Diets high in fat, particularly saturated fat, also promotes breast, colon, endometrial, lung, prostate and rectal cancers. Therefore, saturated fats and trans fats are the only fats that we should strive to eliminate from our diet. Replace these fats with monounsaturated and polyunsaturated fats. The American Heart Association recommends that daily fat intake should be less than 30 percent of total calories; saturated fat intake less than 8-10 percent of total calories, and cholesterol less than 300 milligrams per day. Always read the Nutrition Facts label and list of ingredients to find out the amount of, and t...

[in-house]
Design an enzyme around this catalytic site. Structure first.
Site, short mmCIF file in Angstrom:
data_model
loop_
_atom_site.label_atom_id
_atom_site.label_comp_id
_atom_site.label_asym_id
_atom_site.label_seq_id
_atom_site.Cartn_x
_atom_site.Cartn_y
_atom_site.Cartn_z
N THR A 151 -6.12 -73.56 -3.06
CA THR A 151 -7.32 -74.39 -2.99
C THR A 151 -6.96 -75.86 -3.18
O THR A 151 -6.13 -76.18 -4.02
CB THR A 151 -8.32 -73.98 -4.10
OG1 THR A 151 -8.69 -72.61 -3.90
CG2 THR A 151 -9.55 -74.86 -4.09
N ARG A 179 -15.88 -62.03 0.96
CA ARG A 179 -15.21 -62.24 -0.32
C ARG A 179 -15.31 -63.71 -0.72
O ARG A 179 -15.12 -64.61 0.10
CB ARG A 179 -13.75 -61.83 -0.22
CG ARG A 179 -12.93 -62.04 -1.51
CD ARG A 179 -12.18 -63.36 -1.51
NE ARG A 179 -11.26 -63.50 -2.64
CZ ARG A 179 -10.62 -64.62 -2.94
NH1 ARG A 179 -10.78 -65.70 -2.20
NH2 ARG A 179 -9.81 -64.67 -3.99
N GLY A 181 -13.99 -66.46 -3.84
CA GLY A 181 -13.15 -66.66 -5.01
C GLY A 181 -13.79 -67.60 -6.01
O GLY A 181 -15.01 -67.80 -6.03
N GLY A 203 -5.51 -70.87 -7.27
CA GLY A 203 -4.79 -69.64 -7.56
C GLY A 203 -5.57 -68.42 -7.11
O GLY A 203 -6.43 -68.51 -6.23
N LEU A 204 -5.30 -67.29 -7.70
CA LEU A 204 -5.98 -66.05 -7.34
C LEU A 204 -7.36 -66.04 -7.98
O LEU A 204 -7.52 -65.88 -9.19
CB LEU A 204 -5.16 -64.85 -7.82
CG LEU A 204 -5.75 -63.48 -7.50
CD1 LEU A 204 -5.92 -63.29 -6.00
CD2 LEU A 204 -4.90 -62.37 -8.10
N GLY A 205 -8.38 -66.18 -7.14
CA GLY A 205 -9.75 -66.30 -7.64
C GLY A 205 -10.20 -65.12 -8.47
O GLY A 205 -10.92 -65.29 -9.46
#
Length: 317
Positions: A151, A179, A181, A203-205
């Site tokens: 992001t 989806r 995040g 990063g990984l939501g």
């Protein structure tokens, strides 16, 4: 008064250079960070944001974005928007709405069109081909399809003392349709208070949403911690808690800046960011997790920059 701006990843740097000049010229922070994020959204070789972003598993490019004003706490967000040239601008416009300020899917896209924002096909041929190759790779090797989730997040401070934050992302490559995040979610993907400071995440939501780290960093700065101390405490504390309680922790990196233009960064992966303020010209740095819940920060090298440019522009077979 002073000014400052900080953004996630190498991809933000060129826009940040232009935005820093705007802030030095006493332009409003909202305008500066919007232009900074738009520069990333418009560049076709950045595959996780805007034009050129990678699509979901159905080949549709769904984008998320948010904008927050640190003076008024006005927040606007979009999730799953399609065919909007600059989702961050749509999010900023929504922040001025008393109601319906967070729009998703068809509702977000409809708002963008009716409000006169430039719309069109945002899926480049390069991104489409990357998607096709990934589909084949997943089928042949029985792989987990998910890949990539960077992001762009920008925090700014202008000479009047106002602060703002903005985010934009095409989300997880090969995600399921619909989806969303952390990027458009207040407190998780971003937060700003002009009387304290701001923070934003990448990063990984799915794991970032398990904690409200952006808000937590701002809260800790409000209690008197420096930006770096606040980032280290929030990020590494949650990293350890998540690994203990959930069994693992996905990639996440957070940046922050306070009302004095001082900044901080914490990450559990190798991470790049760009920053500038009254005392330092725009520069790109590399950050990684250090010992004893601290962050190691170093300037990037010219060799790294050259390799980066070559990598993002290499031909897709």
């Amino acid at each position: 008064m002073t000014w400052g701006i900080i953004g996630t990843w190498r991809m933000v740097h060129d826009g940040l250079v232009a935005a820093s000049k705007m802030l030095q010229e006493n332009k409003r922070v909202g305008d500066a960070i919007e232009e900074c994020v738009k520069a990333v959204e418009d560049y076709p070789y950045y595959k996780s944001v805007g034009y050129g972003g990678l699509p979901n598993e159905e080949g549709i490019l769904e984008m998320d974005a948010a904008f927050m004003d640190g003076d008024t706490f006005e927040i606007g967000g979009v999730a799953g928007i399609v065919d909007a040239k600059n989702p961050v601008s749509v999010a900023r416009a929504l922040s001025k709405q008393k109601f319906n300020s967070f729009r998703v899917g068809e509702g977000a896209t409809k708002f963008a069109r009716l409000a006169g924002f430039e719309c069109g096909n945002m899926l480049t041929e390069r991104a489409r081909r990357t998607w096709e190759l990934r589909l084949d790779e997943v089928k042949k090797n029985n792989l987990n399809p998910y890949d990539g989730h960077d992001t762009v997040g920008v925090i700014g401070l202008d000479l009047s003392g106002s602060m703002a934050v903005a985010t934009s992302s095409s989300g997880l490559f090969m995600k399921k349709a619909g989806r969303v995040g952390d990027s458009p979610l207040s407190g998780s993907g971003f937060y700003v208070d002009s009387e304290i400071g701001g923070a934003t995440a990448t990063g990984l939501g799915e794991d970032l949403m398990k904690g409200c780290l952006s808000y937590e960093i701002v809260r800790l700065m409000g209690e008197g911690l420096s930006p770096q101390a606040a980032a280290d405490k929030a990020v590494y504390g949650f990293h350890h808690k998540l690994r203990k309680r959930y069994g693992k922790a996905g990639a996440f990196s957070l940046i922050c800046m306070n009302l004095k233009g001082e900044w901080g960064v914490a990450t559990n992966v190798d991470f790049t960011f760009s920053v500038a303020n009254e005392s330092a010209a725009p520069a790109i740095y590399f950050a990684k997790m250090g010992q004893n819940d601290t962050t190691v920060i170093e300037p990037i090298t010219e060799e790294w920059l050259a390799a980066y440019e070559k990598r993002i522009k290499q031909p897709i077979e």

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Nutrition, Does Excess Protein Turn to Fat? An Anatomy Lesson

By Maia Appleby

Everyone knows that overeating leads to excess weight. This concept comes in many flavors these days, though. Some people think that carbohydrates are the culprit. Others think it's sugar. Some people think that eating lots of protein couldn't possibly make them gain weight. Hmmm...

The only way to determine the answer to this enigma is to go inside the human body and take a look at how fat gets there in the first place. Let's follow a bite of pepperoni pizza and see what happens to its sugar, fat and protein. Open wide!

The food enters your mouth:

Saliva contains enzymes that break any starch in the food down to sugar.

This, along with any fat and water in the food, travel to the stomach, which churns them up.

Pepsin (an enzyme that digests protein) and hydrochloric acid further break down the food, turning it into a substance called chyme.